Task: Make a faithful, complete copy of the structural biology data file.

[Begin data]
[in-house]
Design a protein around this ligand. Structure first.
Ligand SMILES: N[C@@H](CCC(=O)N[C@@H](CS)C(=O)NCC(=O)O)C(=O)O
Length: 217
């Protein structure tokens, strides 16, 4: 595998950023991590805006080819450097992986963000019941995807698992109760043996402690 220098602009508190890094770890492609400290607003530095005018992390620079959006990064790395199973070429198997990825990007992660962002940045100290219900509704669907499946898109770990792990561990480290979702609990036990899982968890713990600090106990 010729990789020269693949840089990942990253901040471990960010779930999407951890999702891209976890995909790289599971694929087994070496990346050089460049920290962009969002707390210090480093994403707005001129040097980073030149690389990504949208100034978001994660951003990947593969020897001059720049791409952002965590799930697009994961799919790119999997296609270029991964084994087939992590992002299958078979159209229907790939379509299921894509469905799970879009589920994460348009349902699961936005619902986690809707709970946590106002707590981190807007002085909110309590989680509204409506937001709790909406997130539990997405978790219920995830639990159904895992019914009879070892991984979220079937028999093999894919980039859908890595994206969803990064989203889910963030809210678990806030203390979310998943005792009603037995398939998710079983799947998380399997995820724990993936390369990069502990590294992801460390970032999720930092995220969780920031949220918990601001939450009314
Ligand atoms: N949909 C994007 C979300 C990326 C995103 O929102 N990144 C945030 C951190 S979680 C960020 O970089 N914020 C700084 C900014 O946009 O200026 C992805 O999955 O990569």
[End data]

[in-house]
Design a protein around this ligand. Structure first.
Ligand SMILES: N[C@@H](CCC(=O)N[C@@H](CS)C(=O)NCC(=O)O)C(=O)O
Length: 217
């Protein structure tokens, strides 16, 4: 595998950023991590805006080819450097992986963000019941995807698992109760043996402690 220098602009508190890094770890492609400290607003530095005018992390620079959006990064790395199973070429198997990825990007992660962002940045100290219900509704669907499946898109770990792990561990480290979702609990036990899982968890713990600090106990 010729990789020269693949840089990942990253901040471990960010779930999407951890999702891209976890995909790289599971694929087994070496990346050089460049920290962009969002707390210090480093994403707005001129040097980073030149690389990504949208100034978001994660951003990947593969020897001059720049791409952002965590799930697009994961799919790119999997296609270029991964084994087939992590992002299958078979159209229907790939379509299921894509469905799970879009589920994460348009349902699961936005619902986690809707709970946590106002707590981190807007002085909110309590989680509204409506937001709790909406997130539990997405978790219920995830639990159904895992019914009879070892991984979220079937028999093999894919980039859908890595994206969803990064989203889910963030809210678990806030203390979310998943005792009603037995398939998710079983799947998380399997995820724990993936390369990069502990590294992801460390970032999720930092995220969780920031949220918990601001939450009314
Ligand atoms: N949909 C994007 C979300 C990326 C995103 O929102 N990144 C945030 C951190 S979680 C960020 O970089 N914020 C700084 C900014 O946009 O200026 C992805 O999955 O990569």